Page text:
From dancing on a boat in a thunderstorm to sipping fresh Mojitos in Havana, I am sure 10 days in this extraordinary country did not even touch the surface of what it has to offer but from the time I did have, it can only be put one way - Cuba is an exceptionally unique country to visit.
Where? Havana & Varadero, Cuba
When? 10th - 20th May 2019
Who with? A girlfriend
Main highlight? Fresh fruits on the street corner, isolated islands & the 1940's CARS!!
Main shock? The communist regime.
14 hours & 22 minutes. London to Toronto. Toronto to Havana. 3 nights in Havana. 7 nights in Varadero. Havana to Toronto. 8 hours in Toronto airport. Toronto to London. 19 hours & 14 minutes. = the statistical outline of our trip to Cuba.
But let's rewind.
Cuba has been on my bucket list for as long as I can remember & beginning to read up on how classic cars may not be there for all that much longer... I was determined to visit & soon. So when one of my best friends turned around & said she's there, I did not hesitate & we got planning. We found the cheapest flights possible (explaining the extremely long airport stops!) & researched all we could about this unique country. So when we landed in Havana airport, despite hours of travel, extreme customs & the extended uncertainty of whether our bags were going to come out on a third-world country luggage belt - seeing a classic yellow 1950's taxi there to pick us up bought tears to my eyes. This was it. I was here.
We got to our quirky Bed & Breakfast in the middle of the night, received by a couple of the friendliest Cuban ladies, fresh mango juice & peeling bright blue paint on the walls all wrapped up together - it was perfect. After sorting ourselves out & sleeping off our jet lag, we woke up the next morning to 2 full plates of freshly sliced fruits just for us before we went out exploring. This was the same little routine for the next 2 mornings, whatever our Cuban friends & B&B owners could get their hands on at the local market, we had it & loved it.
As 2 young white girls roaming the dusty backstreets of Havana filled with onion carts, stray cats & hagglers left right & centre, it was no wonder we stuck out - after being led 20 minutes in the opposite direction by a local showing us 'the best food around' we quickly learned our ways! So instead, we explored in our own style. Drinking every Mojito for a dollar along the way, hopping in a car tour of the old & new town, visiting the Rum & Cigar factories & finding lots of fun dinner locations! Havana most definitely has a clear tourist side & a clear locals side. There is no in between - it is an incredible place but you have most certainly got to visit one side to appreciate the other & it might sound cliché but seeing a communist country in the flesh like this makes you realise what kind of world is out there beyond our fortune in Europe - in brilliant, crazy & eye-opening ways.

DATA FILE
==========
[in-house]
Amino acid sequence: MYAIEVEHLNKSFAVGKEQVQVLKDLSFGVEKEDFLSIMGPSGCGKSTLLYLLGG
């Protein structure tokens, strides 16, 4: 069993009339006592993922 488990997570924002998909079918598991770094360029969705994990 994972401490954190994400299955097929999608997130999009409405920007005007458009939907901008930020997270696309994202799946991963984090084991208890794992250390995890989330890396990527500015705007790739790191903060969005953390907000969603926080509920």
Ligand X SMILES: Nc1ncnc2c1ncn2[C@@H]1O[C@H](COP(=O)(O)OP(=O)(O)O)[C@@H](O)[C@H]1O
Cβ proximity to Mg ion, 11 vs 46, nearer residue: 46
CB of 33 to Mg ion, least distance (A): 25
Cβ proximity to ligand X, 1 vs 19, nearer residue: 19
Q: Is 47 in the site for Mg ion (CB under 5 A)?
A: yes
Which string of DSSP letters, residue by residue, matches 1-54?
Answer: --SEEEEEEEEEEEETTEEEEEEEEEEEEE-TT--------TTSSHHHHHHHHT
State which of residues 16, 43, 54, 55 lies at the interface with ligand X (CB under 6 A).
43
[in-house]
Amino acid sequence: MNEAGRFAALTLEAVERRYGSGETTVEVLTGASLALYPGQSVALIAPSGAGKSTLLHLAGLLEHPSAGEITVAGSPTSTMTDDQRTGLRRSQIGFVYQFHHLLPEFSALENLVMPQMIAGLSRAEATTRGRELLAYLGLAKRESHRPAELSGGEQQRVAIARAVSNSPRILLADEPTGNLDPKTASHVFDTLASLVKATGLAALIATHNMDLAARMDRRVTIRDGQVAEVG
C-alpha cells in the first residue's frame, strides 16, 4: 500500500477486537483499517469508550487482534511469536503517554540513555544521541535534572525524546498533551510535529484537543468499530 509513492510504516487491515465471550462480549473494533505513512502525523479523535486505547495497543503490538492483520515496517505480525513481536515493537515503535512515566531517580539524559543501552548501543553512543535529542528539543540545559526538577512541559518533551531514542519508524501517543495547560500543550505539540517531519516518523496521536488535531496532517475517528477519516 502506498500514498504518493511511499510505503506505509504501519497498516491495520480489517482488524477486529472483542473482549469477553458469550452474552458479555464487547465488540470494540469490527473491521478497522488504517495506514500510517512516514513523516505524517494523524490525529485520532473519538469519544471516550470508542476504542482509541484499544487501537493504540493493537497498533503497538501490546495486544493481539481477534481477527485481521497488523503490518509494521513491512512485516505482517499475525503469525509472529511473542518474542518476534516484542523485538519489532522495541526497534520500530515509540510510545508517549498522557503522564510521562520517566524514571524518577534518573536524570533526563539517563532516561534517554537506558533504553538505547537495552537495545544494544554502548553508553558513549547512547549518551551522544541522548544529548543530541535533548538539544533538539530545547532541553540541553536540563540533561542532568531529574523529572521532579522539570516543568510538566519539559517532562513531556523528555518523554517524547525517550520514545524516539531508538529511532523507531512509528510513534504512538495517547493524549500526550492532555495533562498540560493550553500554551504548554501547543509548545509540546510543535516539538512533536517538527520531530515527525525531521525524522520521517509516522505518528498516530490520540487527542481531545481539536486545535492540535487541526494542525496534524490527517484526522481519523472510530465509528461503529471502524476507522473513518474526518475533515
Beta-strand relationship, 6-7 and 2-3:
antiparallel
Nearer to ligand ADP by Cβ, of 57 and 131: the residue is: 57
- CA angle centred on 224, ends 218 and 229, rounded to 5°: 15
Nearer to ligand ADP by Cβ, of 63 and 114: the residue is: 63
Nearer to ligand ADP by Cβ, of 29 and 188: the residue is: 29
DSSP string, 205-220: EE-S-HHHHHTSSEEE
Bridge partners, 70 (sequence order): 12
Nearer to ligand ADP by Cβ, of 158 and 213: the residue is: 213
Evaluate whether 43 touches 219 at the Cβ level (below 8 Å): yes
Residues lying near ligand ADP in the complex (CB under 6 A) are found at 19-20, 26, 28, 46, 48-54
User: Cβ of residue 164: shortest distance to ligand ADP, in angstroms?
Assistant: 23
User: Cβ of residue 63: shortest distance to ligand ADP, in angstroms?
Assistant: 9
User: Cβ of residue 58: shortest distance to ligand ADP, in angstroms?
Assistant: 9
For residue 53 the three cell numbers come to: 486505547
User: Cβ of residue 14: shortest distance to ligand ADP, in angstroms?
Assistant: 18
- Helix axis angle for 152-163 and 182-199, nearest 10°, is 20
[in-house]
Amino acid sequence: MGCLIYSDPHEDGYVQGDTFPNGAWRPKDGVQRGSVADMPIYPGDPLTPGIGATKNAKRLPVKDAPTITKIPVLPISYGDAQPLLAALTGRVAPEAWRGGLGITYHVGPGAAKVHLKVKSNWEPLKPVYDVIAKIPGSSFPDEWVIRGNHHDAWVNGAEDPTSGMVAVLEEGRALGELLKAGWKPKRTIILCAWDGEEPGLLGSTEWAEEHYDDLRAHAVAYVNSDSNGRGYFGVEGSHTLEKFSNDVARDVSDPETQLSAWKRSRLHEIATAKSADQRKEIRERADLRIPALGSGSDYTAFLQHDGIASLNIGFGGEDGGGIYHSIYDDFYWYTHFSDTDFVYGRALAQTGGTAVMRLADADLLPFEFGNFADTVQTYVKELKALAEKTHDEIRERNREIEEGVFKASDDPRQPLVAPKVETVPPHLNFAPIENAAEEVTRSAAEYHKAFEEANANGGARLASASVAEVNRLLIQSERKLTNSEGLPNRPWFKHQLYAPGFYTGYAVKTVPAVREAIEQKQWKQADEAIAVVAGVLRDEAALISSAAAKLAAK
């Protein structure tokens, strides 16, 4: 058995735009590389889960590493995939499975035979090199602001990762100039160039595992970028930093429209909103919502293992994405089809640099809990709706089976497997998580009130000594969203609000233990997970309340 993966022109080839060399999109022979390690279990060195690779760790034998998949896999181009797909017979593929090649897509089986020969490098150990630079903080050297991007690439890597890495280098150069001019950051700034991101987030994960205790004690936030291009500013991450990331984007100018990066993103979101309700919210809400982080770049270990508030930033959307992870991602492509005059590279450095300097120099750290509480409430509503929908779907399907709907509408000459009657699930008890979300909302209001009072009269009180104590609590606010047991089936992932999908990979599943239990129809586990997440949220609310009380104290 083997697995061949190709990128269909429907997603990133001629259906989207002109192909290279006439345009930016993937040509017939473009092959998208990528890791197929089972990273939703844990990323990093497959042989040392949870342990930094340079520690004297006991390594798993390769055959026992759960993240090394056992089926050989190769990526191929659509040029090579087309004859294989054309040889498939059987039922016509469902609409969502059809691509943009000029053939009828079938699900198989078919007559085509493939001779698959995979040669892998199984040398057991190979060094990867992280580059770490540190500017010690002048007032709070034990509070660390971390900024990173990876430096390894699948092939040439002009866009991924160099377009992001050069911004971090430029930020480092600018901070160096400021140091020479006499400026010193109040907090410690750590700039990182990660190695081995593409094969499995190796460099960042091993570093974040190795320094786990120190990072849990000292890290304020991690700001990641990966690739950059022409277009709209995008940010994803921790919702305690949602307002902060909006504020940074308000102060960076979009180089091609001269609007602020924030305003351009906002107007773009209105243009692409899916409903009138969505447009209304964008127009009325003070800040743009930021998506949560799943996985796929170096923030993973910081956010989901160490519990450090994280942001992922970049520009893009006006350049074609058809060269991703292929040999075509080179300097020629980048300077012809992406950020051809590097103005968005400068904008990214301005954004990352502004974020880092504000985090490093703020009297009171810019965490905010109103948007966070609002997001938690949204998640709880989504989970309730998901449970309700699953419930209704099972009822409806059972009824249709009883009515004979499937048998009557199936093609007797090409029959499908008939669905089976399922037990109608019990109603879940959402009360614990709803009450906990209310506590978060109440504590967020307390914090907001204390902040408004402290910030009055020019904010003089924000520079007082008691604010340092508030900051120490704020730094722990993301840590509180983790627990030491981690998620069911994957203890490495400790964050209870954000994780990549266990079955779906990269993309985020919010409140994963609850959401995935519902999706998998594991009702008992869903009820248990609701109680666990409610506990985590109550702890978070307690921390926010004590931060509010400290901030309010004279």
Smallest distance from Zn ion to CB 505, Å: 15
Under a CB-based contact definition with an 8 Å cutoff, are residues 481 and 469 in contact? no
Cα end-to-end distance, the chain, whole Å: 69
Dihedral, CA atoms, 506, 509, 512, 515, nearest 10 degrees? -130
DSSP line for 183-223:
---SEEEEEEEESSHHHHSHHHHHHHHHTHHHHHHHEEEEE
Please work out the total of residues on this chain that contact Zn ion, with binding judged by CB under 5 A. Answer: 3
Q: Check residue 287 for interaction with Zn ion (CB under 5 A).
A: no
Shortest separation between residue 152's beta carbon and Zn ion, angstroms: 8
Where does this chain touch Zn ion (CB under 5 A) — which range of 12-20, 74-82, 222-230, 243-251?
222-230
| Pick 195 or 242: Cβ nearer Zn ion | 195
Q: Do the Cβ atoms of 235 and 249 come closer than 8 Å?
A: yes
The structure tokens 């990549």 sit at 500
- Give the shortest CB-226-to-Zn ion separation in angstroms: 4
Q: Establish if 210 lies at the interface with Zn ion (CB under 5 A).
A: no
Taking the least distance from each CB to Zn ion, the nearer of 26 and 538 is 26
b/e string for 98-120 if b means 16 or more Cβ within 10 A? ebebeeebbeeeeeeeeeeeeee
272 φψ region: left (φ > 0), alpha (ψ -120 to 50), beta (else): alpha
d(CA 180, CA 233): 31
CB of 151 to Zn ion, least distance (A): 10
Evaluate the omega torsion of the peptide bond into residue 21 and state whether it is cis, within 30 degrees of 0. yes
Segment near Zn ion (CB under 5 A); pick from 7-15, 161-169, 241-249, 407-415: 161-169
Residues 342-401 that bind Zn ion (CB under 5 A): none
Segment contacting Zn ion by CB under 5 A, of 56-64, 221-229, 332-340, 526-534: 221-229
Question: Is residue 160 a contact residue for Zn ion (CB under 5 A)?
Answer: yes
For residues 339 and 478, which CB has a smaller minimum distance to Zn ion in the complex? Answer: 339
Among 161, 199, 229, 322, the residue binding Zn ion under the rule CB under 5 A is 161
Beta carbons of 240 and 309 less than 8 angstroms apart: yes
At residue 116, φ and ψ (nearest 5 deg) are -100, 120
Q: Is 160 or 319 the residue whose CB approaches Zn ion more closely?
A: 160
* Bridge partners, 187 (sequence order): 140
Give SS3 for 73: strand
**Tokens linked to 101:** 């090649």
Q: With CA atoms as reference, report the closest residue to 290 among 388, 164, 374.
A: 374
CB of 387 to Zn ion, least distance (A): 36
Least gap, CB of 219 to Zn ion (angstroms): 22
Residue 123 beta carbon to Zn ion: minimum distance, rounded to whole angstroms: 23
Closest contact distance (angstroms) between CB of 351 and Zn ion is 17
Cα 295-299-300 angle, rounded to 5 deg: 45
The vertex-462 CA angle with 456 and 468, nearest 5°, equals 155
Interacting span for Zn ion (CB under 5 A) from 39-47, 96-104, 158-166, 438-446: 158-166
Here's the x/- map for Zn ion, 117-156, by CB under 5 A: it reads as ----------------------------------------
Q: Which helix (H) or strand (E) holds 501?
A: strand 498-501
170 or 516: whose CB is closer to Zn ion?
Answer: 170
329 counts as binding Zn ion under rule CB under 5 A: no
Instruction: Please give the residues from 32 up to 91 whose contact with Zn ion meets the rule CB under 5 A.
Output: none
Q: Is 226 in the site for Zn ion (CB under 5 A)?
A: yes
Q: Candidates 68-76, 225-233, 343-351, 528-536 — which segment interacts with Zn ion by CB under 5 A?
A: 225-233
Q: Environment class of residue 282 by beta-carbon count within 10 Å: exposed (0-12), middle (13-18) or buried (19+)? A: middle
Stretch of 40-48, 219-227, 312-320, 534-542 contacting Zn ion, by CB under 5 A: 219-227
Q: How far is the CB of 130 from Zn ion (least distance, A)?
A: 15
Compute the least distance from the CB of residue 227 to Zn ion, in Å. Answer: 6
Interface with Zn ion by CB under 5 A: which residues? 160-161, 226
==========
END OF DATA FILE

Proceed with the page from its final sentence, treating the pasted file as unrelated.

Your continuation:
We got a taxi all the way to Varadero to stay in the most Cuban Airbnb I am sure there ever could be! We were welcomed by the most brilliant family, where we were taken in for the week to be calling our host 'Mama', we were her official new daughters. She was nuts & it was brilliant. Originally we had only planned to be in Vardero for 4 nights & we were going to be going to Viñales for the final 3 days but we massively underestimated the extremely limited forms of travel in Cuba (quite literally, we were minutes away from missing our flight home due to their relaxed nature & limited transport!) & after falling in love with this town that has the longest, uncommercialised, white sand, clear water beach I had ever seen - the cost & distance of getting to Viñales just simply didn't justify. So we stayed & enjoyed a further 4 days, full of sun, dolphins, the yummiest mango juice, fresh fish, pointless taxi journeys simply to try out the different cars & oh! How the list could go on! But let's just say, I am very glad we did.
I'm also very glad that amongst the sadness & poverty that comes with this country, for us lucky ones coming from the first world, we grappled with the positive in having an unexpected complete digital detox. Lets go back to the 'shock' of this opposite way of life with an example that might hit home in our modern world - it is the restricted access to the internet. There was a little hut about a 10 minute walk from where we were staying, the only one along the whole Varadero peninsula, where you have to queue up, show some I.D, pay a couple of dollars, get given a code & ta da! You have Wifi. For 1 hour. In the 2 metre circumference of the hut. (Up the opposite end of the peninsula are plenty of hotels which have Wifi, you still pay hourly but we were in the 'locals area'). Snapchat? Blocked. Some maps? Blogs? General websites? Blocked. We sat there to keep in touch with our loved ones but not for long because of the time difference & well quite simply the fact, it was a beautiful release. No screens. Simply the sea. Books. & our life right before our eyes.
If you have the opportunity to go to Cuba...do not hesitate. Go! & go as soon as this craziness is over & commercialism takes hold. Because it's true beauty is hidden in the locals, the cars & the untouched beauty in the sea shells, the fruits & the water.